• Allow your judgments to come and go: When your mind inevitably begins to wander, some of those thoughts may be judging the current situation (for better or worse). When these thoughts arise, make a mental note of their presence and let them pass, and return back to the here and now. Don’t get bogged down in the power of judgment!
  • Be kind to your wandering mind: When we practice mindfulness, it can be helpful to begin by welcoming all of ourselves, including our pesky wandering mind. When your mind begins to drift away from the present moment, don’t judge it or yourself. Practice noticing those thoughts and returning to the here and now. Welcome your mind just as it is. iStock-584608574.jpg

 Mindfulness can also help with:

  • Physical Pain: One of the most effective mindfulness practices to help ease physical pain is the body scan, which allows us to identify and “dive into” different body sensations. By first focusing on specific body sensations and then widening our awareness to our body as a whole can help us to identify less with our pain.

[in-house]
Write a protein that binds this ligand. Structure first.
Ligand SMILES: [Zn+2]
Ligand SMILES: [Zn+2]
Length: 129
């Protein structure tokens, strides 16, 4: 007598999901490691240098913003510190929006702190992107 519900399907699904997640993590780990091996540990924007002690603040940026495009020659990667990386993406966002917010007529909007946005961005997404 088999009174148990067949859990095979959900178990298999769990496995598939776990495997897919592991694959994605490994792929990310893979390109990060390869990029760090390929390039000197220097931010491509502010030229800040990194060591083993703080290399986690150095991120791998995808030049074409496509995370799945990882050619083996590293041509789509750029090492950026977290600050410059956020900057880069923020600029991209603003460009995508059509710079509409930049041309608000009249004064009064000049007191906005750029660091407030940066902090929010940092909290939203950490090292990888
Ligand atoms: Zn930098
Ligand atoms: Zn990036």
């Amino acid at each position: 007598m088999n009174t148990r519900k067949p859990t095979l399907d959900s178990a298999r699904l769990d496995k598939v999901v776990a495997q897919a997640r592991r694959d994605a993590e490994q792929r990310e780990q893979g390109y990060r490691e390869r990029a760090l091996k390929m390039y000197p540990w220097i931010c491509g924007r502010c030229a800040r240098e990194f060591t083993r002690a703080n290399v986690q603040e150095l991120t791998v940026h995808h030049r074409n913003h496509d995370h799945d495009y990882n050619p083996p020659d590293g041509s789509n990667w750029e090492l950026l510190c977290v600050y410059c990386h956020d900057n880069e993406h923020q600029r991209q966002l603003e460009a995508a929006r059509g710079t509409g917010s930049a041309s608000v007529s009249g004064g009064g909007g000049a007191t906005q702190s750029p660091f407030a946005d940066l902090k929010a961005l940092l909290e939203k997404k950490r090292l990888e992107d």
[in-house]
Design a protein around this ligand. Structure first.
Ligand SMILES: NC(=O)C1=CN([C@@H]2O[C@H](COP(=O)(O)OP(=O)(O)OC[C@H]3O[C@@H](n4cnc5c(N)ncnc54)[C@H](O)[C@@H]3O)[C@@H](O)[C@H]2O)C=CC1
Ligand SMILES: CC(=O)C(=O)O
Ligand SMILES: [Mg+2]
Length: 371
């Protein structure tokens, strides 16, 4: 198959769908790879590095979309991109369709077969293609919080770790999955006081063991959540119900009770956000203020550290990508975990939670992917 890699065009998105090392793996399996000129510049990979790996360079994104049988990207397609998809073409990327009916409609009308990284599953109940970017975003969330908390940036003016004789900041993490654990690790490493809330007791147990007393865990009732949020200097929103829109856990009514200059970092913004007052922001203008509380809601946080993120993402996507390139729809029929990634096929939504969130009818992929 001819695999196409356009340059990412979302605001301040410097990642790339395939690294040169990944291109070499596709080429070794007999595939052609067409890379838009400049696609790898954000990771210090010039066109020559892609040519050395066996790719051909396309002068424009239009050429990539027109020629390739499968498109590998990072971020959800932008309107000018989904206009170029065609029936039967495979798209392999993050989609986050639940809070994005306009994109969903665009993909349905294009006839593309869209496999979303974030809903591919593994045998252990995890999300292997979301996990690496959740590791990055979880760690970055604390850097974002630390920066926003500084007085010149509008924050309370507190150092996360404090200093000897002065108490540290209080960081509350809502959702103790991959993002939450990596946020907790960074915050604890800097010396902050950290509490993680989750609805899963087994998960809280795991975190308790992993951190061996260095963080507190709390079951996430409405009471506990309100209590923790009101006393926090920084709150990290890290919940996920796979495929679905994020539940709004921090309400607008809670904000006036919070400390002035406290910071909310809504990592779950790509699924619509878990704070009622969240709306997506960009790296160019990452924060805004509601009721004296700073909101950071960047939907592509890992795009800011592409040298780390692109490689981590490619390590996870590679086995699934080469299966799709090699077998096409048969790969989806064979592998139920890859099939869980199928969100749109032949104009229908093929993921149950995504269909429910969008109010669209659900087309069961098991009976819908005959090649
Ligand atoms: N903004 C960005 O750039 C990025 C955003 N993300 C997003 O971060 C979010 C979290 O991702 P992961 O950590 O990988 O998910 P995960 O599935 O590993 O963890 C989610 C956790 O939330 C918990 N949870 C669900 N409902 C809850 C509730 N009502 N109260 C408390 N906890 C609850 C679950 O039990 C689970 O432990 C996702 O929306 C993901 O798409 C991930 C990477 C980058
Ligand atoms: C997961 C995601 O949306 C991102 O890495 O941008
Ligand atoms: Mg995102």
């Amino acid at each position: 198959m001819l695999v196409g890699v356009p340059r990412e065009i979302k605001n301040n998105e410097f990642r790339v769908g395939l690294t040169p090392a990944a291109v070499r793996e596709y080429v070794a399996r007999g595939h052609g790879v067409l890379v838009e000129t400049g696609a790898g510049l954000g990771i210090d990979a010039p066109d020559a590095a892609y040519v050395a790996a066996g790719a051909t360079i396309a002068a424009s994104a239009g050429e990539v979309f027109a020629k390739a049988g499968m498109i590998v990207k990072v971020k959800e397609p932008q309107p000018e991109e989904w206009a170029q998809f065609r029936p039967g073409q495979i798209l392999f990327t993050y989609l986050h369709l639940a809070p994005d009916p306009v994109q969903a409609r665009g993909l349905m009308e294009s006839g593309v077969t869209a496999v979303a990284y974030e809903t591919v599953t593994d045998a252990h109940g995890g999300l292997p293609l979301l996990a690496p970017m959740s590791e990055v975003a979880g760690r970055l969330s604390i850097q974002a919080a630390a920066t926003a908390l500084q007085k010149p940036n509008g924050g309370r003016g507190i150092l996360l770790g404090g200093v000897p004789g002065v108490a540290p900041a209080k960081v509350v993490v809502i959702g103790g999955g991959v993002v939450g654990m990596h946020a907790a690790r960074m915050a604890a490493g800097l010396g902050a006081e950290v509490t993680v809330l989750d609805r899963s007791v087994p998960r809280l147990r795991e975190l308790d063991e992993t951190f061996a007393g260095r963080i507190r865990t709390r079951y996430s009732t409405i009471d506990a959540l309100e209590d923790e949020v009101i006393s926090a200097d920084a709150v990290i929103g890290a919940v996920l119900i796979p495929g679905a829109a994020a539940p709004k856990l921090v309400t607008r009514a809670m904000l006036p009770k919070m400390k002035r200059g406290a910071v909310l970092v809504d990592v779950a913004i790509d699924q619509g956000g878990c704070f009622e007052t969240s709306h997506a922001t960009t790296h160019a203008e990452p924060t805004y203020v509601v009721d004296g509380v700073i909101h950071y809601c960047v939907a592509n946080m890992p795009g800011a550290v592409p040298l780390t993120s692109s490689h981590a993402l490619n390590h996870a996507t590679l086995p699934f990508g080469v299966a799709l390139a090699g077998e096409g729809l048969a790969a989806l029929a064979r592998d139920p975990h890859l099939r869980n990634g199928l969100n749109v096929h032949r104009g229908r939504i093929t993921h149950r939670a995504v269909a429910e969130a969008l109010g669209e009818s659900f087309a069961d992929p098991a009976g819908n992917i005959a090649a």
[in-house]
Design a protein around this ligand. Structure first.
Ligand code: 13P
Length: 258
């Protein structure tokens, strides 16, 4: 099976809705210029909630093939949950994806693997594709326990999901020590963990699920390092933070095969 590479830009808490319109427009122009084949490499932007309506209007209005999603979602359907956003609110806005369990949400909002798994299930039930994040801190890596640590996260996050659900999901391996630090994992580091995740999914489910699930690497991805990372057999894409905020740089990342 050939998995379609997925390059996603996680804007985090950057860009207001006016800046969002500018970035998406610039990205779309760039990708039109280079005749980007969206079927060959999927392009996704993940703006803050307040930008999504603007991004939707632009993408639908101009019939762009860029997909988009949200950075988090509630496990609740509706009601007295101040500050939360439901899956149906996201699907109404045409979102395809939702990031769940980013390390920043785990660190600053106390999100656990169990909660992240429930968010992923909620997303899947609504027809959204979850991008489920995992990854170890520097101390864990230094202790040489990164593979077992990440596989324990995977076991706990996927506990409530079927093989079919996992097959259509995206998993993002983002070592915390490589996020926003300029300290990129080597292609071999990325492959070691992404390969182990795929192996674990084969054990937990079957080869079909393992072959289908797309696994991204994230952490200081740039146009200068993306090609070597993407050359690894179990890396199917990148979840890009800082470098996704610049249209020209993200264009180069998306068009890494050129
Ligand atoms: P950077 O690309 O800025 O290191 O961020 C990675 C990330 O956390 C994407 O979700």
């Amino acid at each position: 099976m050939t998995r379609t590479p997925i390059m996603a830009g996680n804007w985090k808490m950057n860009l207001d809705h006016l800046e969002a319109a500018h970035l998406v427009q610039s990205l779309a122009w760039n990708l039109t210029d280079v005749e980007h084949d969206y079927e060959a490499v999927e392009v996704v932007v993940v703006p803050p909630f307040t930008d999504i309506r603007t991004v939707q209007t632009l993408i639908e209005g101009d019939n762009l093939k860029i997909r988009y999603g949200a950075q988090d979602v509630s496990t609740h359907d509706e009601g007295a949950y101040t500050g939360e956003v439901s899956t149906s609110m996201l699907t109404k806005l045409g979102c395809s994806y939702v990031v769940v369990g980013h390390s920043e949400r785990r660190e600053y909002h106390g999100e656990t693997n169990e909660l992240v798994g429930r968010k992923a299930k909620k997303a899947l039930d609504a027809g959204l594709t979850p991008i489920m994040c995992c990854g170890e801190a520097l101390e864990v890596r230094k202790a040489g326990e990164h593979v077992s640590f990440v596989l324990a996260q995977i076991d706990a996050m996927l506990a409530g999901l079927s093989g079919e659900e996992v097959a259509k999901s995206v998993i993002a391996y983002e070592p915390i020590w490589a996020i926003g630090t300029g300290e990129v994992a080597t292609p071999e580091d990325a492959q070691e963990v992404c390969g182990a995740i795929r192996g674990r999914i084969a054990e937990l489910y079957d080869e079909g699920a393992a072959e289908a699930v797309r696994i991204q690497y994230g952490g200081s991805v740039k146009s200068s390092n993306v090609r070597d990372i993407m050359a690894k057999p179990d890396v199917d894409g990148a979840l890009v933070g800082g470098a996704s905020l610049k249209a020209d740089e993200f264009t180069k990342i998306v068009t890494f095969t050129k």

• Stress, Anxiety/Trauma, and Depression:
    • Stress: mindfulness can reduce stress in the moment and give you skills that will help decrease the impact of stress in the future
    • Anxiety and Trauma: Mindfulness can help the brain respond to traumatic memories in less painful and more helpful ways. This helps reduce the negative impact of traumatic events and improve overall functioning
    • Depression: Mindfulness can help ease the symptoms of depression by decreasing the cycle of negative thought patterns, feelings, and behaviors. It can even help to improve relationships with others through breaking these cycles

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At University Medical Center New Orleans, we are working to address burnout and compassion fatigue by focusing on mindfulness and other wellness initiatives through B-WELL: a new program that aims to give back to our employees and encourage them to remember to take care of themselves.

Our advice to you?: Be mindful to work toward B(ing)-WELL.

For more information on mindfulness, check out these resources:

Online

Books

  • Full Catastrophe Living by Jon Kabat-Zinn
  • A Mindfulness-Based Stress Reduction Workbook by Bob Stahl, Ph.D. and Elisha Goldstein, Ph.D.

Free Smartphone Apps

  • Stop, Breathe & Think
  • Insight Timer
  • PTSD Coach
  • Mindfulness Coach
  • Headspace (Paid)